Schumer Urges New Israeli Elections, Calling Netanyahu an Obstacle to Peace With Palestinians


Israeli Ambassador to the United States Michael Herzog denounced individuals commenting on the electoral politics of an allied country.

Senate Majority Leader Chuck Schumer (D-N.Y.) took to the Senate floor on Thursday morning to deliver a speech in which he cast doubt on the current Israeli administration and urged for new elections in the country.

The top Congressional Democrat said Israeli Prime Minister Benjamin Netanyahu had “lost his way” and become one of four “major obstacles” toward achieving peace in the region, with the other obstacles to peace being Hamas, Palestinian Authority President Mahmoud Abbas, and “radical right-wing Israelis” across the current Israeli government and society. He said would focus on progress toward a two-state solution to the Israel–Hamas conflict.

Mr. Schumer, the first Jewish Senate majority leader and the highest-ranking Jewish official in the United States, said he’s known Mr. Netanyahu “a very long time” and despite their political disagreements insisted he will “always respect” Mr. Netanyahu’s past service in the Israeli military, but indicated he could no longer accept Mr. Netanyahu’s political leadership.

“I believe in his heart his highest priority is the security of Israel. However, I also believe Prime Minister Netanyahu has lost his way by allowing his political survival to take precedence over the best interests of Israel,” Mr. Schumer said.

Mr. Schumer specifically faulted Mr. Netanyahu for forming a governing coalition with Israeli Finance Minister Bezalel Smotrich and National Security Minister Itamar Ben Gvir, whom he described as “far-right extremists.” Mr. Schumer also accused the Netanyahu government of weakening Israel’s political and moral standing “through attempts to co-opt the judiciary” of Israel.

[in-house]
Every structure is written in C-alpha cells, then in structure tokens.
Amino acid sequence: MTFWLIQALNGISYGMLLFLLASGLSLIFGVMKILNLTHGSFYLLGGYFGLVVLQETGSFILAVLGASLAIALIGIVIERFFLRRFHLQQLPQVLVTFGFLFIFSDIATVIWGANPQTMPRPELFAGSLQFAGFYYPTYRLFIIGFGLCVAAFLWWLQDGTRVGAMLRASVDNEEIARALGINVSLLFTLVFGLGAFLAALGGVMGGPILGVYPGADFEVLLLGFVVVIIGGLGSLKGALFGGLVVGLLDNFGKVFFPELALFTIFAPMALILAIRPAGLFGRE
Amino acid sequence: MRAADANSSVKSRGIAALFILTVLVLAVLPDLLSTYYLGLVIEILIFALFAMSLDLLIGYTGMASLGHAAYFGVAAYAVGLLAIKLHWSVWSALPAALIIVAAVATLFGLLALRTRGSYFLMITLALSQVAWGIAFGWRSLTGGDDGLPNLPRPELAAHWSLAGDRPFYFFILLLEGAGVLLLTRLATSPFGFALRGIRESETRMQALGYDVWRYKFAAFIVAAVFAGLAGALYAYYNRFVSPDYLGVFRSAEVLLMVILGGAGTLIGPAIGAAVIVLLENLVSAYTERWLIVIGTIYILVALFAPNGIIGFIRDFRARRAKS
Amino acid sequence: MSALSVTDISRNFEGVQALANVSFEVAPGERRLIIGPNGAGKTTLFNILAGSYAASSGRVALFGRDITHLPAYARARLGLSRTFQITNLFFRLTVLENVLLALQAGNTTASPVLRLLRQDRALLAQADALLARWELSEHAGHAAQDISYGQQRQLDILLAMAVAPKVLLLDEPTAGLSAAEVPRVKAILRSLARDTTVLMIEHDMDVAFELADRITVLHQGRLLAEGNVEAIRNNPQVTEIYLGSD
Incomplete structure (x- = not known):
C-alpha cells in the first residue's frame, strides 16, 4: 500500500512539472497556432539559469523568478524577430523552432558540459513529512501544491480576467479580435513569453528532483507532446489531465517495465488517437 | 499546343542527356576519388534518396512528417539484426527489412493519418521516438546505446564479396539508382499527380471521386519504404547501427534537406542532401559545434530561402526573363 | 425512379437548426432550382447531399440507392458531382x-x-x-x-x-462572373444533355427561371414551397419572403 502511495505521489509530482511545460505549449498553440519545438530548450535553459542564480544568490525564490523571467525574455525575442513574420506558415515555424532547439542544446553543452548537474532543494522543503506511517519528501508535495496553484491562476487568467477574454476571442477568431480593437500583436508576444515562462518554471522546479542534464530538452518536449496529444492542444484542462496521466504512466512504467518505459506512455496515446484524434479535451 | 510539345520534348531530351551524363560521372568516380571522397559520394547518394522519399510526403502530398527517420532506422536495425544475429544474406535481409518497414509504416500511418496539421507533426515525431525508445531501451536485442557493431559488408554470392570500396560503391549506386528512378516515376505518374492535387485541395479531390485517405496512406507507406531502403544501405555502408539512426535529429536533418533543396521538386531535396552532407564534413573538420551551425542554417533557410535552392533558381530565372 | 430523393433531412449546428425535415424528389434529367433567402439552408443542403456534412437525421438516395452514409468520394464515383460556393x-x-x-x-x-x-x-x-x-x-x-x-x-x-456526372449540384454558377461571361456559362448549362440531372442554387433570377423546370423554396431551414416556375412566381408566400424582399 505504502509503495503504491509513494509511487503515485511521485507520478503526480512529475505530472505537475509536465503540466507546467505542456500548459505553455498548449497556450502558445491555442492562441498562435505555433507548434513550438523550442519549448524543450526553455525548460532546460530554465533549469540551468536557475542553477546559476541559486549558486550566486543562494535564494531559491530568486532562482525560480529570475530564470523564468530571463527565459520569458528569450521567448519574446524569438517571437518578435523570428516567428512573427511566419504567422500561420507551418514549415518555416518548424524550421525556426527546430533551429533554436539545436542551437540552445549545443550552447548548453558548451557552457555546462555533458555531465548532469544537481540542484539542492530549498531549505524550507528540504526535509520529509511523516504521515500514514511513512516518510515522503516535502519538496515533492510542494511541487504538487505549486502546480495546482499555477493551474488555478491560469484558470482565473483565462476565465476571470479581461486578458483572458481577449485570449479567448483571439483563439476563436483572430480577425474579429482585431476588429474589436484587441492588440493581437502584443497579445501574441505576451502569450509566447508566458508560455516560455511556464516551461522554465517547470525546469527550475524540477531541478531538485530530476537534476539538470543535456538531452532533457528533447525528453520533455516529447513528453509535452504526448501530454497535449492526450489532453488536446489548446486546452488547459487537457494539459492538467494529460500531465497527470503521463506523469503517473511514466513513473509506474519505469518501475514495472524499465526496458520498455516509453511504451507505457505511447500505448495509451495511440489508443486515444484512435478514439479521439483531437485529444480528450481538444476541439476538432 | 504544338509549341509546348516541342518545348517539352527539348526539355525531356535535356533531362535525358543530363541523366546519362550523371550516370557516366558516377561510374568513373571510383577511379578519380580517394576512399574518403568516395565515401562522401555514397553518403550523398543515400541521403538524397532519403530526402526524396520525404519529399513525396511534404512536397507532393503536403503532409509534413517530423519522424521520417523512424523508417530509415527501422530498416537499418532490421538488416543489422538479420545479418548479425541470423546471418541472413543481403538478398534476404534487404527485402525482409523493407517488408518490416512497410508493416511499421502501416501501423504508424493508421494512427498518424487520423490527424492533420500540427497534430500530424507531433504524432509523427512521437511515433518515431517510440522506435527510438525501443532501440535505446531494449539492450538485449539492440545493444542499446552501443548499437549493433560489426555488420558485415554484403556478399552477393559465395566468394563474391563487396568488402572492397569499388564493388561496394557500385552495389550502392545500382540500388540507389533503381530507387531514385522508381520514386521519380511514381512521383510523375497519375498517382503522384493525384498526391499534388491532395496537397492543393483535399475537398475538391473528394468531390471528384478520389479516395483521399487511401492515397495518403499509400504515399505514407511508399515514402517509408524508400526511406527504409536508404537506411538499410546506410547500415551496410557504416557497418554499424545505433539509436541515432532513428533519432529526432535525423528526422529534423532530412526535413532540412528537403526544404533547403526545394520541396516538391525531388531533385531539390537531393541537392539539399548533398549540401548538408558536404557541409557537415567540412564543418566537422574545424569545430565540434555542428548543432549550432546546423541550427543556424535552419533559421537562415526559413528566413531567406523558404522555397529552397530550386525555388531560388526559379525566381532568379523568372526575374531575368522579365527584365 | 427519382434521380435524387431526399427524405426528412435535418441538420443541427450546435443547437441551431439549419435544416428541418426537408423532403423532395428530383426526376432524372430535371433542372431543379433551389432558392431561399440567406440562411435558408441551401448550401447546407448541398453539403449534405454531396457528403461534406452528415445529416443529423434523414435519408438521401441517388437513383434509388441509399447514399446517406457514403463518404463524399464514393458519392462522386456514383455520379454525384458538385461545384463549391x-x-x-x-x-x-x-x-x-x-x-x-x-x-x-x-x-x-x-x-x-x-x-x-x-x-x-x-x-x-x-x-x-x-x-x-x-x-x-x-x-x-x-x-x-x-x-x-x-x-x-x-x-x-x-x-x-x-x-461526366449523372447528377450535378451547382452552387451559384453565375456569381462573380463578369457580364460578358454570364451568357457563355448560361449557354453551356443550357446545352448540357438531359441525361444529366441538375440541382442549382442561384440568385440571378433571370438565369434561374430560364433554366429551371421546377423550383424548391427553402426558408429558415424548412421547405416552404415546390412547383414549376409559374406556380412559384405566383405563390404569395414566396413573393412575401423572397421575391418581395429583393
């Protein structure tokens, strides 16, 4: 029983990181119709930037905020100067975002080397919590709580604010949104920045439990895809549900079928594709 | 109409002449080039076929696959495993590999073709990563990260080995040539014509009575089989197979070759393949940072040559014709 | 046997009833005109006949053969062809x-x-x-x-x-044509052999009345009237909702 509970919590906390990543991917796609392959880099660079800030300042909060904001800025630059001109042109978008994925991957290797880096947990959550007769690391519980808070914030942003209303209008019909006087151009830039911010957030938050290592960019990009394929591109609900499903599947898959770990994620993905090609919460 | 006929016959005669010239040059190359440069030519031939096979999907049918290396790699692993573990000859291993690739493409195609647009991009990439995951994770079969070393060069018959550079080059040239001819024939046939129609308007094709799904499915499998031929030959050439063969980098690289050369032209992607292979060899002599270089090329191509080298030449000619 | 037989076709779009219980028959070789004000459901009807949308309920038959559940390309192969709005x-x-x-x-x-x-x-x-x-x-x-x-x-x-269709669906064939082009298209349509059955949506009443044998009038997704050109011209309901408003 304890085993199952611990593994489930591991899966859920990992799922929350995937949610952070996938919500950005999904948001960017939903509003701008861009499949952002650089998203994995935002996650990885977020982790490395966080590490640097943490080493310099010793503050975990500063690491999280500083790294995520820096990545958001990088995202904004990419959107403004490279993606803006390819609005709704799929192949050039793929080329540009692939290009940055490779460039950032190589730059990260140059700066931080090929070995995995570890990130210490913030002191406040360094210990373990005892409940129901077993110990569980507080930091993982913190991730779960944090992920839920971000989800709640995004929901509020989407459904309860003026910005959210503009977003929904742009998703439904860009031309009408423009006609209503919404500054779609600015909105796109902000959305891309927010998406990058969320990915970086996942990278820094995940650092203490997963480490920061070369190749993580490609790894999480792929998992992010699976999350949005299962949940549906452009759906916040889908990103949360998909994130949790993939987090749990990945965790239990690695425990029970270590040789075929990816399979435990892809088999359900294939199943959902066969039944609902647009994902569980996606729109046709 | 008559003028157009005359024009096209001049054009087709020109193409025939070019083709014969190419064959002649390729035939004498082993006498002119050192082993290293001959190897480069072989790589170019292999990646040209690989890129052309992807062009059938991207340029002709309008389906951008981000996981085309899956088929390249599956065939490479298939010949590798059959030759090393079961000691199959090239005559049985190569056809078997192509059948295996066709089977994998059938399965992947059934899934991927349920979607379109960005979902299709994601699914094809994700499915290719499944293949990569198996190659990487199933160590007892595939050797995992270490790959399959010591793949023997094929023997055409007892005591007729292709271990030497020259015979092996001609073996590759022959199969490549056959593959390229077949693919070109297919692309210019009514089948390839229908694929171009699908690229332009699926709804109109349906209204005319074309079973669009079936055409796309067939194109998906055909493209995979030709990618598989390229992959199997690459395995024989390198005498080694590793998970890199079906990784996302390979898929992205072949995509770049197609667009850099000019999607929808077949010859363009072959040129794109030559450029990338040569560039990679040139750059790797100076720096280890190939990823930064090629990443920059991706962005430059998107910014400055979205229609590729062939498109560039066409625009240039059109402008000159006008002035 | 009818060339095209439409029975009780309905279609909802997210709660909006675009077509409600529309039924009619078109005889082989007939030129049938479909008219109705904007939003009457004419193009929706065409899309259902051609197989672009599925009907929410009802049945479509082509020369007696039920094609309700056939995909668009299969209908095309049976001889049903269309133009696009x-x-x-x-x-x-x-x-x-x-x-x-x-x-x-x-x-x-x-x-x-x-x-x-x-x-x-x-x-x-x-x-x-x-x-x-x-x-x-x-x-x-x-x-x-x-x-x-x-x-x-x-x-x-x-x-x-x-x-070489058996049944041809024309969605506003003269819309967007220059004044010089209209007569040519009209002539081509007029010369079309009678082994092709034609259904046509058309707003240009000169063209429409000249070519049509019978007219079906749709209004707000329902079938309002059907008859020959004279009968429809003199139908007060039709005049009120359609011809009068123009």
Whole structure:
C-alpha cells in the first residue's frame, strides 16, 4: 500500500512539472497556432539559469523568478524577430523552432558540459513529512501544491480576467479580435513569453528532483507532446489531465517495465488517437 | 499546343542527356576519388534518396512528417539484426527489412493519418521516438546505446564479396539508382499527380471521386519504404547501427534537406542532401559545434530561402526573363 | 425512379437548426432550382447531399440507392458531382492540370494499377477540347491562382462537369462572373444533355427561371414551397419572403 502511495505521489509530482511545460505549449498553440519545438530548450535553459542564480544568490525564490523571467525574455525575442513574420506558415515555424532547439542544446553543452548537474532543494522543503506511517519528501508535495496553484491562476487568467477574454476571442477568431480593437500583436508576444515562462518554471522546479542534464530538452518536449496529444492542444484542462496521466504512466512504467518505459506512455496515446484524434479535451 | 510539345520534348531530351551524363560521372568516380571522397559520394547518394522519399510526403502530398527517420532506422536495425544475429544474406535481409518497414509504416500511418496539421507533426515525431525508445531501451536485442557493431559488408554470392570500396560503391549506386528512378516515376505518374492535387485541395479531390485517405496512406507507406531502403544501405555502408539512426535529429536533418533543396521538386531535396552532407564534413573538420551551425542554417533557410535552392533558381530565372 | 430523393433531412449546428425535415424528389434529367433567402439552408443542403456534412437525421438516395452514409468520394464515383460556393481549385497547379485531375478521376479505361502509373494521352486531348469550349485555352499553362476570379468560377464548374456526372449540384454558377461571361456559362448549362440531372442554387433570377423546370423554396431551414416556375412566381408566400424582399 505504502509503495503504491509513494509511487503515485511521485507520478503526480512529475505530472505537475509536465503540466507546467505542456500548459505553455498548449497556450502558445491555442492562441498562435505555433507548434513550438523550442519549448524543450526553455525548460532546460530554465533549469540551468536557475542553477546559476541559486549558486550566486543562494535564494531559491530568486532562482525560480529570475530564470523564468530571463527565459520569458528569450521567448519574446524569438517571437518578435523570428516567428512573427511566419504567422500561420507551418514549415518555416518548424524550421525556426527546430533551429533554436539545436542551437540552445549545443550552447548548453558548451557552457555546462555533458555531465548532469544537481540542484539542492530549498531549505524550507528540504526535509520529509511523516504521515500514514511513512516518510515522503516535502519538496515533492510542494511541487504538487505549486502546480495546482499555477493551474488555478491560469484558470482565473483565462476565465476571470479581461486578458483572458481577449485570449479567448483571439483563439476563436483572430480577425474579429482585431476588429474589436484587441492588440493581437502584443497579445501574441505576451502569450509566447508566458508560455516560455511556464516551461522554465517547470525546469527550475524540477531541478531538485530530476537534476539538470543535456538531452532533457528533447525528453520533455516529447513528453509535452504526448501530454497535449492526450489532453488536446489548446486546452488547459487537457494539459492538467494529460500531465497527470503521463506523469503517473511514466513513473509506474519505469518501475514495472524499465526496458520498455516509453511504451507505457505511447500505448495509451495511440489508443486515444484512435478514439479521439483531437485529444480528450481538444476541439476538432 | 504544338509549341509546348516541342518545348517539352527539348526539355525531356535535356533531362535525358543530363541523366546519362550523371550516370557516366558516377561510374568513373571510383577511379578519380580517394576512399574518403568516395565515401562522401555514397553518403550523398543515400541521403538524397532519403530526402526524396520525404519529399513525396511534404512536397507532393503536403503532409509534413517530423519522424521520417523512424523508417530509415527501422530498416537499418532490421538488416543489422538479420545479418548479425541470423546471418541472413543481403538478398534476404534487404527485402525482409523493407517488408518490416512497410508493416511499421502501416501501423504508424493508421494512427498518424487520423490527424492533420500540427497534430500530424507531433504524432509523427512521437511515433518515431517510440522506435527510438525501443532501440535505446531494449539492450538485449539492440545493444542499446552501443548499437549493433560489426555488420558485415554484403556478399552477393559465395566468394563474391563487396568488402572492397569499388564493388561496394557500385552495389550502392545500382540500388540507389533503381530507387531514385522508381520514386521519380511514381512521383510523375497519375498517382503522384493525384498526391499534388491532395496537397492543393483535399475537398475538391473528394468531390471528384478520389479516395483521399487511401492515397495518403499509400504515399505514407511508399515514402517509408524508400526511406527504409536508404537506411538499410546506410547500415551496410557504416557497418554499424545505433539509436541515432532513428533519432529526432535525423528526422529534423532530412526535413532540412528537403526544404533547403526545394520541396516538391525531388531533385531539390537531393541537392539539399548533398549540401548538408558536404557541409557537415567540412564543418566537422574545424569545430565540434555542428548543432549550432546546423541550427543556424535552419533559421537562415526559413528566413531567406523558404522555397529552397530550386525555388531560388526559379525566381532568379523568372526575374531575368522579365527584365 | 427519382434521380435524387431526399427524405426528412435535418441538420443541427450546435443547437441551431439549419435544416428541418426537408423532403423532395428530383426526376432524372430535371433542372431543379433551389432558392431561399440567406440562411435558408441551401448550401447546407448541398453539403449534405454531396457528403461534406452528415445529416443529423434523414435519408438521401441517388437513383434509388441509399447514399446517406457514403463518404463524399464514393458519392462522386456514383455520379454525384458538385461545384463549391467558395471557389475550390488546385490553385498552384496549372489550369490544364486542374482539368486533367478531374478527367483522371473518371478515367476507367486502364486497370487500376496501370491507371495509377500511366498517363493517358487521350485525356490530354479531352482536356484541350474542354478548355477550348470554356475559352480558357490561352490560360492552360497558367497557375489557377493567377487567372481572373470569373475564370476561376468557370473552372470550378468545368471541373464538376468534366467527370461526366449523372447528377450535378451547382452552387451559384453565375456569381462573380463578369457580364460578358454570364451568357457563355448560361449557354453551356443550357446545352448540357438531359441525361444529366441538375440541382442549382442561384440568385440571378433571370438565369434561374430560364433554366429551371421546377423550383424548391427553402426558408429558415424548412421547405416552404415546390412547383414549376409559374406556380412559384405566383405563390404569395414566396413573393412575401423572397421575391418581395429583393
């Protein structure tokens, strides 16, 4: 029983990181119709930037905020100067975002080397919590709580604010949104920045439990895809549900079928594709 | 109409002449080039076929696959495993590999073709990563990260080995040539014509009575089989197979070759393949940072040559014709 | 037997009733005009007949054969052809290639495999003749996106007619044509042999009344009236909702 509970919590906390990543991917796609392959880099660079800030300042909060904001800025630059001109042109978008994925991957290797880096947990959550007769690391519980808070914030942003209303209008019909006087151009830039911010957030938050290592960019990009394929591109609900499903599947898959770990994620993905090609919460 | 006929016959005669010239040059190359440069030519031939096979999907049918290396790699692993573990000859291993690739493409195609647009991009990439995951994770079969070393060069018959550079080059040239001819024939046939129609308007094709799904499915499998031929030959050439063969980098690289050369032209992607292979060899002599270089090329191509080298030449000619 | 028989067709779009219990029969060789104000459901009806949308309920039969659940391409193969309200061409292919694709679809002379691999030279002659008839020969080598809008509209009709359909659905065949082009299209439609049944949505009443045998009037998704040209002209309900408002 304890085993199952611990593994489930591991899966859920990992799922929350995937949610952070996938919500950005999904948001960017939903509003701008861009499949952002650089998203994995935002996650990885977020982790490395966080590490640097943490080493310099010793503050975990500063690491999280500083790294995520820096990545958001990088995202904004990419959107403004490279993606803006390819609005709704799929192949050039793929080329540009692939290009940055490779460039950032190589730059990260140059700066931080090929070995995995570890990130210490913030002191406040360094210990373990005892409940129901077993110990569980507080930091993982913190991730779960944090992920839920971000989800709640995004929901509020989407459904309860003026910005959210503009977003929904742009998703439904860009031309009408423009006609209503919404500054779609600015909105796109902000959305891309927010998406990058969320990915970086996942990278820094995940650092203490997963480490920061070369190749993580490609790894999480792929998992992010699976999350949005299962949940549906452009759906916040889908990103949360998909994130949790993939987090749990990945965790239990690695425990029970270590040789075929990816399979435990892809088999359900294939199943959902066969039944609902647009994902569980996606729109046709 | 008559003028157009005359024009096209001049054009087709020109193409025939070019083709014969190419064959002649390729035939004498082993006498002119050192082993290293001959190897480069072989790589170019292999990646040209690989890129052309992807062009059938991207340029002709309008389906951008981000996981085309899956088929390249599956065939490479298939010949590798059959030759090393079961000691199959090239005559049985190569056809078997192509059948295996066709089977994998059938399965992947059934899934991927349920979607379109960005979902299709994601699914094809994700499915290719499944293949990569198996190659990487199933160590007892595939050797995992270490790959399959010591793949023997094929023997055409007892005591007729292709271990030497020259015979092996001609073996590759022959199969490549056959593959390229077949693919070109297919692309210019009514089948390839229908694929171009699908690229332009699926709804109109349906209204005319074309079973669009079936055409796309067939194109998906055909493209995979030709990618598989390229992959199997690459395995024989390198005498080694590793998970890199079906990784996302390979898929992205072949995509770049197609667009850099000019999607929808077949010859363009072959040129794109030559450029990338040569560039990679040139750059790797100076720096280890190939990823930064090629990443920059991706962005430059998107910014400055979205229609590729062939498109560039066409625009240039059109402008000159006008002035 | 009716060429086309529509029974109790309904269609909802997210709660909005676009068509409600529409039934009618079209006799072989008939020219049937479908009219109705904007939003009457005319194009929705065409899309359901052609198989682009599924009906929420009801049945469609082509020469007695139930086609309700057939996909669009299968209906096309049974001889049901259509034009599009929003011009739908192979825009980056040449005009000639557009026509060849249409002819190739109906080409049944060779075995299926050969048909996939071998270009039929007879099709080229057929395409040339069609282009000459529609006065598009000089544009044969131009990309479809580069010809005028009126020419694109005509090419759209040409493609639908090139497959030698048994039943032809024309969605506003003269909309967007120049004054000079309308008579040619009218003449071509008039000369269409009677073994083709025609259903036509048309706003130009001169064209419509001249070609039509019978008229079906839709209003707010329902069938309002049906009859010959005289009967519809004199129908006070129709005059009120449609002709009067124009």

The Netanyahu-led Israeli government is currently at war with Hamas, a conflict with the U.S.-designated terrorist group that began after its members infiltrated southern Israel and carried out widespread attacks on Oct. 7, 2023. More than 1,100 people were killed and thousands more were injured across southern Israel during the Oct. 7 attack.

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Mr. Schumer said Mr. Netanyahu showed little interest in “doing the courageous and visionary work required to pave the way for peace” even before the current Israel–Hamas conflict. Mr. Schumer said since the start of the war, and as a result of his political alliance with Mr. Smotrich and Mr. Ben Gvir, the Israeli prime minister has been too tolerant of civilian casualties in the current fighting in the Gaza Strip.

Mr. Schumer warned that civilian deaths resulting from the Gaza conflict are “pushing support for Israel worldwide to historic lows.”

“Israel cannot survive if it becomes a pariah,” he added.

Mr. Schumer’s comments come as some U.S. lawmakers, primarily in the Democratic Party, have called for a ceasefire in the current Gaza conflict and sought to limit U.S. military aid for Israel.

Schumer Calls for New Israeli Election